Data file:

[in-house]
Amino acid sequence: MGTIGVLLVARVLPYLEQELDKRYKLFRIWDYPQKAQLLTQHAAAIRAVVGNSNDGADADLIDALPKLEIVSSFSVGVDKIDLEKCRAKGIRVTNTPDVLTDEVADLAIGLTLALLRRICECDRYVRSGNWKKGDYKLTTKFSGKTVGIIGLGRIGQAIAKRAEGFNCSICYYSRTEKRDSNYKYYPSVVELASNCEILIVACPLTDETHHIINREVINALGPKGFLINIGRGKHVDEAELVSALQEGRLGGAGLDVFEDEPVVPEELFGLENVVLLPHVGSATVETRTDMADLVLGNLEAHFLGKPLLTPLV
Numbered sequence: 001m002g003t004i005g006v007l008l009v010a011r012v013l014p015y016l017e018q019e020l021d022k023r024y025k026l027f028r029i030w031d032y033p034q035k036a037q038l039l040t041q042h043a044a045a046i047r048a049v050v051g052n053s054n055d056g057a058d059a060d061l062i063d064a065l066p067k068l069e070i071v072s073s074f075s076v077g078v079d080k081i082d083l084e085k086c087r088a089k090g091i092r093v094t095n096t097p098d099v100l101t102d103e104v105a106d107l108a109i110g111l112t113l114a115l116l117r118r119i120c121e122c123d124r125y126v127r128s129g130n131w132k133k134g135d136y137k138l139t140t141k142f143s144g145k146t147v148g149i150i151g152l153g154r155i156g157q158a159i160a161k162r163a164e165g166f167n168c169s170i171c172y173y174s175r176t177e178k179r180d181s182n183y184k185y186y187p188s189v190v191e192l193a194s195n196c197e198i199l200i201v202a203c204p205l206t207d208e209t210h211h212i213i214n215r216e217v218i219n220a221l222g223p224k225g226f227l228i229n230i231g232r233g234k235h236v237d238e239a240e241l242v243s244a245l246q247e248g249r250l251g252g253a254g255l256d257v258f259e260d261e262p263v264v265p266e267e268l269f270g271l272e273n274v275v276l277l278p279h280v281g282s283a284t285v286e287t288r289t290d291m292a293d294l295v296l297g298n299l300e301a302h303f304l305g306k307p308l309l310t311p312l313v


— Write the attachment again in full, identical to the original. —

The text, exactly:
[in-house]
Amino acid sequence: MGTIGVLLVARVLPYLEQELDKRYKLFRIWDYPQKAQLLTQHAAAIRAVVGNSNDGADADLIDALPKLEIVSSFSVGVDKIDLEKCRAKGIRVTNTPDVLTDEVADLAIGLTLALLRRICECDRYVRSGNWKKGDYKLTTKFSGKTVGIIGLGRIGQAIAKRAEGFNCSICYYSRTEKRDSNYKYYPSVVELASNCEILIVACPLTDETHHIINREVINALGPKGFLINIGRGKHVDEAELVSALQEGRLGGAGLDVFEDEPVVPEELFGLENVVLLPHVGSATVETRTDMADLVLGNLEAHFLGKPLLTPLV
Numbered sequence: 001m002g003t004i005g006v007l008l009v010a011r012v013l014p015y016l017e018q019e020l021d022k023r024y025k026l027f028r029i030w031d032y033p034q035k036a037q038l039l040t041q042h043a044a045a046i047r048a049v050v051g052n053s054n055d056g057a058d059a060d061l062i063d064a065l066p067k068l069e070i071v072s073s074f075s076v077g078v079d080k081i082d083l084e085k086c087r088a089k090g091i092r093v094t095n096t097p098d099v100l101t102d103e104v105a106d107l108a109i110g111l112t113l114a115l116l117r118r119i120c121e122c123d124r125y126v127r128s129g130n131w132k133k134g135d136y137k138l139t140t141k142f143s144g145k146t147v148g149i150i151g152l153g154r155i156g157q158a159i160a161k162r163a164e165g166f167n168c169s170i171c172y173y174s175r176t177e178k179r180d181s182n183y184k185y186y187p188s189v190v191e192l193a194s195n196c197e198i199l200i201v202a203c204p205l206t207d208e209t210h211h212i213i214n215r216e217v218i219n220a221l222g223p224k225g226f227l228i229n230i231g232r233g234k235h236v237d238e239a240e241l242v243s244a245l246q247e248g249r250l251g252g253a254g255l256d257v258f259e260d261e262p263v264v265p266e267e268l269f270g271l272e273n274v275v276l277l278p279h280v281g282s283a284t285v286e287t288r289t290d291m292a293d294l295v296l297g298n299l300e301a302h303f304l305g306k307p308l309l310t311p312l313v